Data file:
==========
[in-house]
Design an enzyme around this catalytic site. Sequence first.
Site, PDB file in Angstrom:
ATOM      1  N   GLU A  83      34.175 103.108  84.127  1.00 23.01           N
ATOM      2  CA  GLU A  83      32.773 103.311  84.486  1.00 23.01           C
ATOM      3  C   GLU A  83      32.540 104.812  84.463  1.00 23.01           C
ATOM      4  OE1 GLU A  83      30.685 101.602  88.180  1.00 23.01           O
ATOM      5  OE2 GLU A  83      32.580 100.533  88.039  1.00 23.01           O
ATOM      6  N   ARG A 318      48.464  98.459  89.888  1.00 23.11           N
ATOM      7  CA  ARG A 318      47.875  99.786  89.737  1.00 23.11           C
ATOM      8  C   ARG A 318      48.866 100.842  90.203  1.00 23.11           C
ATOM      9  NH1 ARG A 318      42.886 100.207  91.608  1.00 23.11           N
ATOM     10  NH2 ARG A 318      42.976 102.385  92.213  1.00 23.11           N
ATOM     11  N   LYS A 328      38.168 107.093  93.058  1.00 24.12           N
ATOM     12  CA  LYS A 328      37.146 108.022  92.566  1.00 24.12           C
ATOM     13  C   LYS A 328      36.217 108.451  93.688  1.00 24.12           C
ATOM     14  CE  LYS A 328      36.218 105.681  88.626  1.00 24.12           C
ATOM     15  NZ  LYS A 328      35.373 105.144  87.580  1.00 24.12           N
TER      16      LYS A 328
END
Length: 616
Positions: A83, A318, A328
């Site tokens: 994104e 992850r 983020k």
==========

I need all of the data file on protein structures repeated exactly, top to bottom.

[in-house]
Design an enzyme around this catalytic site. Sequence first.
Site, PDB file in Angstrom:
ATOM      1  N   GLU A  83      34.175 103.108  84.127  1.00 23.01           N
ATOM      2  CA  GLU A  83      32.773 103.311  84.486  1.00 23.01           C
ATOM      3  C   GLU A  83      32.540 104.812  84.463  1.00 23.01           C
ATOM      4  OE1 GLU A  83      30.685 101.602  88.180  1.00 23.01           O
ATOM      5  OE2 GLU A  83      32.580 100.533  88.039  1.00 23.01           O
ATOM      6  N   ARG A 318      48.464  98.459  89.888  1.00 23.11           N
ATOM      7  CA  ARG A 318      47.875  99.786  89.737  1.00 23.11           C
ATOM      8  C   ARG A 318      48.866 100.842  90.203  1.00 23.11           C
ATOM      9  NH1 ARG A 318      42.886 100.207  91.608  1.00 23.11           N
ATOM     10  NH2 ARG A 318      42.976 102.385  92.213  1.00 23.11           N
ATOM     11  N   LYS A 328      38.168 107.093  93.058  1.00 24.12           N
ATOM     12  CA  LYS A 328      37.146 108.022  92.566  1.00 24.12           C
ATOM     13  C   LYS A 328      36.217 108.451  93.688  1.00 24.12           C
ATOM     14  CE  LYS A 328      36.218 105.681  88.626  1.00 24.12           C
ATOM     15  NZ  LYS A 328      35.373 105.144  87.580  1.00 24.12           N
TER      16      LYS A 328
END
Length: 616
Positions: A83, A318, A328
């Site tokens: 994104e 992850r 983020k």